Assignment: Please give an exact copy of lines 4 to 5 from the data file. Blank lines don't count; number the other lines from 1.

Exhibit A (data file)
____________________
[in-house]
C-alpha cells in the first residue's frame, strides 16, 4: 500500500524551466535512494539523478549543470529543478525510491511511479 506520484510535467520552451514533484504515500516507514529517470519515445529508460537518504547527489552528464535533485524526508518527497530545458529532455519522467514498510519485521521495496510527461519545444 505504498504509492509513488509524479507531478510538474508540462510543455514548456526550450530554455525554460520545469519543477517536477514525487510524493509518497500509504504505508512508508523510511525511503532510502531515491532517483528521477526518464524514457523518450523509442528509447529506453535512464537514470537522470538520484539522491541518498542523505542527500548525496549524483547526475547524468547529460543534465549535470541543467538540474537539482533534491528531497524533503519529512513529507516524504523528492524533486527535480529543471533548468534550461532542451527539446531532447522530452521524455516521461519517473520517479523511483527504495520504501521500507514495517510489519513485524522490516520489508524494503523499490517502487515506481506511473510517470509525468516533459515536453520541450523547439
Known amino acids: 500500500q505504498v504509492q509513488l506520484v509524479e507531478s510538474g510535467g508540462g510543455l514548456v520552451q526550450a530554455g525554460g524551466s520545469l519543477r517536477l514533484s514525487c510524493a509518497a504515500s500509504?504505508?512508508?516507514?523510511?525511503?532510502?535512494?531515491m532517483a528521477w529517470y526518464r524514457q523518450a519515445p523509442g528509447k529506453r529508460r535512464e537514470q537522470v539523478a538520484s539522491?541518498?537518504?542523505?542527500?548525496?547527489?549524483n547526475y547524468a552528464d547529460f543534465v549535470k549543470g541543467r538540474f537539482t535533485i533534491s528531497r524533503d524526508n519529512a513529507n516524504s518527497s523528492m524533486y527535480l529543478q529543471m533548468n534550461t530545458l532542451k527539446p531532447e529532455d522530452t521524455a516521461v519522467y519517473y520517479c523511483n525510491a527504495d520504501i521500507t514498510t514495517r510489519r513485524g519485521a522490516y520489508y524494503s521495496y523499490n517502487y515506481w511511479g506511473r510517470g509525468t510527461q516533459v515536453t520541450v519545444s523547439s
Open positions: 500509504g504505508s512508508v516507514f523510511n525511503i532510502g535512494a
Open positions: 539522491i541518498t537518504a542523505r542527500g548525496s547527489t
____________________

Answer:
Open positions: 500509504g504505508s512508508v516507514f523510511n525511503i532510502g535512494a
Open positions: 539522491i541518498t537518504a542523505r542527500g548525496s547527489t